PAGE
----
The figure is staged, even stage-managed, in advance of one’s acquaintance. “Dear Walter,” as some devoted fans have called him, is always already known. The details vary by account, but the key points are repeated, so often indeed that they take on an air of mythopoeia. Displaced, disregarded, despised, and rejected, fleeing the reflective embrace of politics and history, Walter Benjamin seeks refuge in Paris, leaving behind his beloved and oft-recalled Berlin. His books and memories jealously safeguarded, he embarks on a project of many beginnings and revisions, destined to remain unfinished at his death — which itself is wrapped in narrative mystery. Like a character in Casablanca, attempting to outpace Nazi security forces, he travels to the French-Spanish border, looking across the frontier to freedom in — perhaps — America.
But he is detained and so despairs. His precious suitcase, supposedly containing the single copy of his magnum opus, The Arcades Project, with its multi-layered cahiers and feuilletons, his endless gribouillage of jumbled insight and observation, is with him to the end. Celebrated and cherished by the likes of Gershom Scholem and Bertolt Brecht and urged on by the browbeating musicologist and culture critic Theodor Adorno (their correspondence makes for riveting, sometimes hilarious reading), Benjamin has ever expanded a single essay, which describes Parisian shopping arcades, into “a dialectical fairyland.” The Arcades Project has grown to more than a thousand pages, each one studded with feats of imagination and revelation unparalleled in twentieth-century letters. Yet Benjamin succumbs to his despair and ends his own life by injection, so close to and yet far from his goal of freedom. A victim of history. Miraculously, posterity rescues the now fabled suitcase from oblivion like a cache of pirate treasure, jumbled and various, a casket of scattered gems and glittering filigree; inside, the work at once mimics and updates the aesthetic pleasures of flânerie with an overlay of Frankfurt School critical theory.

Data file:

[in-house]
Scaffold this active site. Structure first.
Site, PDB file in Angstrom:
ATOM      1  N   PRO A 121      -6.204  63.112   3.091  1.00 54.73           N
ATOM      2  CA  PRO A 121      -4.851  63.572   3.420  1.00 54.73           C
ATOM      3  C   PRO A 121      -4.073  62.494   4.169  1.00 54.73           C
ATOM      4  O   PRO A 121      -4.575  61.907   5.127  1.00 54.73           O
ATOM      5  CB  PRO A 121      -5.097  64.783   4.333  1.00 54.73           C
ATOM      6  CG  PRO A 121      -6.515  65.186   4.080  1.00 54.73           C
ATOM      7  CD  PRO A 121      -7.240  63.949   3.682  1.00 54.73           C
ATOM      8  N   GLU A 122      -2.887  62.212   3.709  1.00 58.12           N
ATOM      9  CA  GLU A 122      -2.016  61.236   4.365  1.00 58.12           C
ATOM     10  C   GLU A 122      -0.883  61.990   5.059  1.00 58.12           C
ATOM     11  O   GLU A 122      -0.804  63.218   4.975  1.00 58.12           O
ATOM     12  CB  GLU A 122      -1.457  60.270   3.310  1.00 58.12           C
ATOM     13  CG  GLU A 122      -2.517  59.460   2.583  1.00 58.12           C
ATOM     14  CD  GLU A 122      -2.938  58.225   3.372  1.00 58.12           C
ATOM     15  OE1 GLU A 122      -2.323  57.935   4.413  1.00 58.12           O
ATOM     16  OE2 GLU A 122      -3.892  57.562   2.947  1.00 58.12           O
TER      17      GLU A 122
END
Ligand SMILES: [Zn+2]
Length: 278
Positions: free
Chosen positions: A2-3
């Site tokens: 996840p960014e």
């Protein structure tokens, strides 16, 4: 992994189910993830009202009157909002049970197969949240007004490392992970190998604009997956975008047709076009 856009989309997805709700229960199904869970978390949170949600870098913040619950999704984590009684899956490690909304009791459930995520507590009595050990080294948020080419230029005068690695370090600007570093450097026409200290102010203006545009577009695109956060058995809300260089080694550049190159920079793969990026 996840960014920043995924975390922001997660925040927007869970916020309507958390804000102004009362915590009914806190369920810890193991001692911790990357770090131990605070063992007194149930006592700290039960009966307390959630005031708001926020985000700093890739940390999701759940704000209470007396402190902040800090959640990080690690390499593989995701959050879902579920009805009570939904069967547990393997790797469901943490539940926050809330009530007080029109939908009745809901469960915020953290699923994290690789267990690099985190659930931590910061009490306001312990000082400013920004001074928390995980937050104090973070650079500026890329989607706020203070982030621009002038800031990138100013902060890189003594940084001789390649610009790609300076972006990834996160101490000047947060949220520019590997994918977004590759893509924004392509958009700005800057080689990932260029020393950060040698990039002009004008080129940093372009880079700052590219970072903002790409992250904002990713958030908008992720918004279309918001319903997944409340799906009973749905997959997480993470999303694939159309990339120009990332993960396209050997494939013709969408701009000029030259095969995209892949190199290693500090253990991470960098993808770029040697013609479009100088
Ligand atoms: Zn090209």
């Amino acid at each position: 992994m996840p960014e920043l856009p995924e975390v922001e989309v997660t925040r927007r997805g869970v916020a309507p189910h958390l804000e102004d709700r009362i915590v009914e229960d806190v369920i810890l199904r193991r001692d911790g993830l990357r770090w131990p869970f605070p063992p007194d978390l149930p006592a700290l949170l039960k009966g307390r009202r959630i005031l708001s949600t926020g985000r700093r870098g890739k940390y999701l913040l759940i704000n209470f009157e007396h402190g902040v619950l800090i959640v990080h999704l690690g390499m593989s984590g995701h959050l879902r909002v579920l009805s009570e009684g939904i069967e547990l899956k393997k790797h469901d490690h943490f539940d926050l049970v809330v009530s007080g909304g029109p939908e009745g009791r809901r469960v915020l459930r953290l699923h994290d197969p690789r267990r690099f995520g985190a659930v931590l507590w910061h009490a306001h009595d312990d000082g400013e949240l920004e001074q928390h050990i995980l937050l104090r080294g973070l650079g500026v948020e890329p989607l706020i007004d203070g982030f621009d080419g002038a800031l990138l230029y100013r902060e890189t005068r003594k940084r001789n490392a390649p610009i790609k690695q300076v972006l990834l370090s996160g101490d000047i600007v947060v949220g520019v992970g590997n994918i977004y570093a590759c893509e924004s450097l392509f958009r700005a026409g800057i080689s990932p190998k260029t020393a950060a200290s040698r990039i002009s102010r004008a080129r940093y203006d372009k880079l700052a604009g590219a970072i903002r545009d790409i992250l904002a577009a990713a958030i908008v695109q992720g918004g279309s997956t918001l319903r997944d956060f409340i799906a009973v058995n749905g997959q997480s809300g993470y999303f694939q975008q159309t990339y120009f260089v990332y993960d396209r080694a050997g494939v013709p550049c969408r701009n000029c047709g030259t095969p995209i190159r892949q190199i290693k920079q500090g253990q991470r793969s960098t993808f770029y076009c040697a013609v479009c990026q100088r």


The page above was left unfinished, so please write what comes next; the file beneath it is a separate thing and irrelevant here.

His reputation will only grow with time, especially as English translations of his major works appear, creating a scholarly Benjamin industry that is a gift to comparative literature doctoral students everywhere. The output is uneven, wide in range, syncretic rather than synthetic. Some of the most familiar philosophical notions — the idea of “aura” in art and its status in an age of mechanical reproducibility, the theses on the philosophy of history, the critiques of violence — create mini-academies of their own, with objections and replies extending apparently without cease. (Jacques Derrida’s tortuous Benjaminian meditation on the “force of law” is worth a semester course all by itself.) Still, many continue to prefer the more accessible Benjamin — sometimes labelled romantic, even mystical — that’s found in his memoir exercises and the details drawn from those sparkling alleyways in Paris. There is a unity here, concerning the forces of history, memory, and political agency — or its lack. But it is delivered in a sprawling oeuvre that must be approached on its own terms. Books and translations, new and old, offer opportunities to stroll through this conceptual and imaginative city, maybe for the first time or, for the experienced reader, with a renewed sense of wonder.
Fredric Jameson, the prolific theoretician now in his late eighties, is one of the more able perambulators. He dared to approach the historical subject, and the literary figure, in The Benjamin Files. The promotional copy, never a reliable source of wisdom, claims that the book, from 2020, “offers a comprehensive new reading of all of Benjamin’s major works and a great number of his shorter book reviews, notes and letters.” Further, it presents Benjamin as “an anti-philosophical, anti-systematic thinker whose conceptual interests also felt the gravitational pull of his vocation as a writer.” Note the implicit suggestion that thinking and writing, or perhaps thinker and writer, are distinct, even contradictory terms. At the least there is a gravitational pull of one over the other. Jameson himself is more nuanced, as he deploys a metaphor drawn from Benjamin: words as sails on a ship, but the set of the sails as concepts.
“Everything in Benjamin’s work is driven by the passion for history (or at least, for the historical),” Jameson writes. “Beyond that, however, the figure grows devious, multiple implications lead us in contradictory directions, raising unanswerable questions: prevailing wind versus tidal currents, tacking against the wind, rigging, size of the craft itself.” Thus, “as our initial reading begins to disintegrate, sails flapping weakly in a waning breeze, meanings fading away becalmed, we begin to sense that what we have here is no metaphor but rather an allegory: a form that lives by gaps and differences rather than identities, and that develops in time.”